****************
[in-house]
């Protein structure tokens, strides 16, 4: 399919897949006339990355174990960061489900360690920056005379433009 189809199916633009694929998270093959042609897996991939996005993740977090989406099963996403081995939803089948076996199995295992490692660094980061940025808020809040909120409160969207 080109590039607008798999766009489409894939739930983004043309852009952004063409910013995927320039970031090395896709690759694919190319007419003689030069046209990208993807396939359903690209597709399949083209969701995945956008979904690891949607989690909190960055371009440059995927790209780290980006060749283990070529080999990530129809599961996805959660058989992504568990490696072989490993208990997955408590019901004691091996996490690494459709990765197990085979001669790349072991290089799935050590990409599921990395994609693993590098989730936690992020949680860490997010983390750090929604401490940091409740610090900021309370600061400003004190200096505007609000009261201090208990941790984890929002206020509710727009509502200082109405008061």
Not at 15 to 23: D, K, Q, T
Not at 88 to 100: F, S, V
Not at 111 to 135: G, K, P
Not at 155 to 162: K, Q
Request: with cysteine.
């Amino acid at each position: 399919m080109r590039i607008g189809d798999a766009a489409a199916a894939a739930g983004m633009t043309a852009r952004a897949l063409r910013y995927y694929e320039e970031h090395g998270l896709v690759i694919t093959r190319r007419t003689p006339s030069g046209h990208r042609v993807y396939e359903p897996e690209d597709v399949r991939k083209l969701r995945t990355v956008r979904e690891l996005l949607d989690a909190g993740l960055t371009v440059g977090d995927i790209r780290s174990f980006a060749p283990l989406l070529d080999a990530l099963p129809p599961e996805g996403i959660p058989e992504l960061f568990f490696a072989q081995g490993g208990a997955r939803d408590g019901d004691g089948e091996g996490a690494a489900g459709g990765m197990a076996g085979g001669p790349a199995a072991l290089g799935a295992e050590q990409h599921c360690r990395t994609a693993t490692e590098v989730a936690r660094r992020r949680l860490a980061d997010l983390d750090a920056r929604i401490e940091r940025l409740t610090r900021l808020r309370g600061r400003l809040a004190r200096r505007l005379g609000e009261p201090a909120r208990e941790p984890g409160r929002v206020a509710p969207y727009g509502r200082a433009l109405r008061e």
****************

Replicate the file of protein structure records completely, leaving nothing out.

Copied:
[in-house]
């Protein structure tokens, strides 16, 4: 399919897949006339990355174990960061489900360690920056005379433009 189809199916633009694929998270093959042609897996991939996005993740977090989406099963996403081995939803089948076996199995295992490692660094980061940025808020809040909120409160969207 080109590039607008798999766009489409894939739930983004043309852009952004063409910013995927320039970031090395896709690759694919190319007419003689030069046209990208993807396939359903690209597709399949083209969701995945956008979904690891949607989690909190960055371009440059995927790209780290980006060749283990070529080999990530129809599961996805959660058989992504568990490696072989490993208990997955408590019901004691091996996490690494459709990765197990085979001669790349072991290089799935050590990409599921990395994609693993590098989730936690992020949680860490997010983390750090929604401490940091409740610090900021309370600061400003004190200096505007609000009261201090208990941790984890929002206020509710727009509502200082109405008061």
Not at 15 to 23: D, K, Q, T
Not at 88 to 100: F, S, V
Not at 111 to 135: G, K, P
Not at 155 to 162: K, Q
Request: with cysteine.
């Amino acid at each position: 399919m080109r590039i607008g189809d798999a766009a489409a199916a894939a739930g983004m633009t043309a852009r952004a897949l063409r910013y995927y694929e320039e970031h090395g998270l896709v690759i694919t093959r190319r007419t003689p006339s030069g046209h990208r042609v993807y396939e359903p897996e690209d597709v399949r991939k083209l969701r995945t990355v956008r979904e690891l996005l949607d989690a909190g993740l960055t371009v440059g977090d995927i790209r780290s174990f980006a060749p283990l989406l070529d080999a990530l099963p129809p599961e996805g996403i959660p058989e992504l960061f568990f490696a072989q081995g490993g208990a997955r939803d408590g019901d004691g089948e091996g996490a690494a489900g459709g990765m197990a076996g085979g001669p790349a199995a072991l290089g799935a295992e050590q990409h599921c360690r990395t994609a693993t490692e590098v989730a936690r660094r992020r949680l860490a980061d997010l983390d750090a920056r929604i401490e940091r940025l409740t610090r900021l808020r309370g600061r400003l809040a004190r200096r505007l005379g609000e009261p201090a909120r208990e941790p984890g409160r929002v206020a509710p969207y727009g509502r200082a433009l109405r008061e």